CALGARY - Vancouver's high-tech sector is poised to cash in on Canada's public listing boom. The combination of lower returns in traditional resource sectors, alongside a strong pool of tech companies valued in the hundreds of millions, has created ideal conditions for them to go public, Brent Holliday, CEO of Garibaldi Capital Advisors,... "What you see is a thirst for public issues from the institutional investors in the TSX, where they're going to get some return, where they're going to get some growth," said Holliday. Vancouver-based Mogo Finance Technology Inc. , the creator of an online loan platform, is already working through a public listing as it looks to raise $50 million. The company has reportedly settled on a slightly lower issuing price than the $11 to $13 it was seeking, but Nick Waddell, editor of the technology-focused Cantech Newsletter, says it's still been a strong showing. "I think it's only a lukewarm reception when compared to a Shopify, because coming on the heels of something eight times over subscribed is a tough act to follow. Waddell says Vancouver tech companies are growing more confident that they can compete internationally. That has meant fewer companies selling out early as they instead concentrate on growing their business. "There's a new attitude among these 20-something, 30-something founders," says Waddell. "There's a confidence that we can take on the world, and we're going to do it. ". Holliday points to the growth of later-stage funding to help their companies grow, rather than being forced to accept a takeover offer. "Those companies that could have been IPO candidates last decade ended up selling early. they had no other way of growing," said Holliday. He points to new funds like OMERS Ventures, the venture capital arm of the Ontario Municipal Employees Retirement System's pension fund, for helping fill the void in the $10 million to $50 million range of funding. "That really gives the companies the fuel they need to become global players," said Holliday. Vancouver-based Hootsuite is one of the most highly anticipated public listings in Canada, but so far the company hasn't made any time commitments about going public. The company is one of many that's benefitted from late-stage funding, raising $60 million last year from existing investors Accel Partners, Insight Venture Partners and OMERS. Source: www.edmontonjournal.com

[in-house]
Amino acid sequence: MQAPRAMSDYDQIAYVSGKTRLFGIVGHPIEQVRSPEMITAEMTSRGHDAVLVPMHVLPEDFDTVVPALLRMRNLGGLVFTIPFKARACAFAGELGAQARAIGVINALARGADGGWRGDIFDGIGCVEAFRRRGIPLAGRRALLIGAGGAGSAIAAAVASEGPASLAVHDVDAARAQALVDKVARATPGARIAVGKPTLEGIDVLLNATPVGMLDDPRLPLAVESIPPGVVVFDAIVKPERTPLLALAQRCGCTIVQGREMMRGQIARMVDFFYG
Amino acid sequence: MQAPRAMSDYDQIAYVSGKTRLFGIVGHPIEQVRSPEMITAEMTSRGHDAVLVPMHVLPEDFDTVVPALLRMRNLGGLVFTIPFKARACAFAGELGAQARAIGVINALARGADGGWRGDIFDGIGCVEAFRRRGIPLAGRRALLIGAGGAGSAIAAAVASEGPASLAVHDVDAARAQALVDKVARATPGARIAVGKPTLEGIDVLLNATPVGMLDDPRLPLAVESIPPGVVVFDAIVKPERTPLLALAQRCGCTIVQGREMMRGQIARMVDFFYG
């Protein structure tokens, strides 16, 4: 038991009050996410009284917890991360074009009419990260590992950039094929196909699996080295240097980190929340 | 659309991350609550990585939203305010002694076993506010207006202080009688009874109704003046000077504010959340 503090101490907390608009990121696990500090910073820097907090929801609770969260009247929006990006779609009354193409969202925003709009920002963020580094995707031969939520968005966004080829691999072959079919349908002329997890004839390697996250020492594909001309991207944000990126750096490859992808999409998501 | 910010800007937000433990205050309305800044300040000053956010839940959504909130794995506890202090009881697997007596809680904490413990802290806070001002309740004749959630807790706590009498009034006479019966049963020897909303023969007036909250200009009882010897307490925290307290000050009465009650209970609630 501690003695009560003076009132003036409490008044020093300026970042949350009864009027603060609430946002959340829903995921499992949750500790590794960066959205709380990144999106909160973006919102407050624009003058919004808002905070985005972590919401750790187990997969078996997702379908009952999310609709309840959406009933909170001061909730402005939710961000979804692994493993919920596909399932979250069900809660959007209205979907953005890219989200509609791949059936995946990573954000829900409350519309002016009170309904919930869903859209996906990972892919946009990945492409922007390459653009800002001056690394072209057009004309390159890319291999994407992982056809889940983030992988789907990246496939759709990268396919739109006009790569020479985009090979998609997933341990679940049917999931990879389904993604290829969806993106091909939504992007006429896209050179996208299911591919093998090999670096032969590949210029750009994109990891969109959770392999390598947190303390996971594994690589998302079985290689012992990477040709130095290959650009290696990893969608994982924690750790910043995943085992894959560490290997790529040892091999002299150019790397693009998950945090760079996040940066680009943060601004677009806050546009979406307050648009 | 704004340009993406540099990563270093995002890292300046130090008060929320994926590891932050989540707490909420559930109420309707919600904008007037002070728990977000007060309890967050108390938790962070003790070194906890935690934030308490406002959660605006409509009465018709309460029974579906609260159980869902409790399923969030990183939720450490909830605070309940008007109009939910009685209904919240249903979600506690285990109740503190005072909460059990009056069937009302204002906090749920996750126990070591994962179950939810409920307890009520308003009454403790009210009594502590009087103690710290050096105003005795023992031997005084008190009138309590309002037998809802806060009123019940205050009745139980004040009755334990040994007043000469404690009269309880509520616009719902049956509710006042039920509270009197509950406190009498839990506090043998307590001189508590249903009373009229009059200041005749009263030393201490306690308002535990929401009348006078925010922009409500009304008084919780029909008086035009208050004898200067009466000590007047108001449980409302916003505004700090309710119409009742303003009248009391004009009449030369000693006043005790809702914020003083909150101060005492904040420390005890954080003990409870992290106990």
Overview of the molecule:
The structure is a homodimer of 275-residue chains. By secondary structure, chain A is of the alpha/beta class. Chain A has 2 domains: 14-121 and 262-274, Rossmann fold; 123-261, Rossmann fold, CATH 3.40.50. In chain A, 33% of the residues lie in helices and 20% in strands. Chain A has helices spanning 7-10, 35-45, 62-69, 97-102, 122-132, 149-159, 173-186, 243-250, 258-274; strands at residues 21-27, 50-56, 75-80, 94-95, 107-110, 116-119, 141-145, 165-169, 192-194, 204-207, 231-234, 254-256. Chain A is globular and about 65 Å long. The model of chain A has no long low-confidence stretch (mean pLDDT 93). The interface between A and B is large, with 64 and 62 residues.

Securities regulators in five more provinces are poised to allow equity crowdfunding in their jurisdictions. Last week regulators in British Columbia, Saskatchewan, Manitoba, Québec, New Brunswick and Nova Scotia announced new harmonized rules that will govern the practice in those provinces. Previously, only Saskatchewan allowed ordinary investors to participate in equity crowdfunding. “Crowdfunding is an attractive way for startups to raise capital. This regime addresses micro-capitalization needs and issues, which are more local in nature and sometimes industry-specific,” Louis Morisset, the chair of the Canadian Securities Administrators and the president and CEO of the Quebec securities... The new rules will allow startups based in those six provinces to raise up to $250,000 through an individual equity crowdfunding offering. Companies will be allowed to conduct a maximum of two offerings a year and raise up to $500,000 in total. Individuals will be limited to investing a maximum of $1,500 in a specific equity crowdfunding round but there will be no limits on how much they can invest in total. Investors will also have 48-hours after a purchase to change their minds. They will also have a 48-hour window to withdraw their investments if any changes are made to the offering document - information about the startup, its management and how it plans to use the funds raised. RELATED: Why Equity Crowdfunding is the Future of Fundraising in Canada. “In a relatively short period of time, crowdfunding has become an important new method of raising capital through the internet for a broad range of purposes. It has been used to raise money for specific projects that do not generally involve the issuance of securities. However, in some foreign jurisdictions, equity crowdfunding is emerging as a way for businesses, particularly startups and small issuers, to raise capital,” the new rules state. Publicly-traded companies, known as reporting issuers, will not be allowed to take advantage of the new rules, however new regulations for those companies are in the works. The Ontario Securities Commission had been working with the other provinces to draft equity crowdfunding regulations, however it now plans to introduce separate regulations on its own. Those regulations will most likely allow for larger offerings - up to $1. 5 million a year - and. Source: www.techvibes.com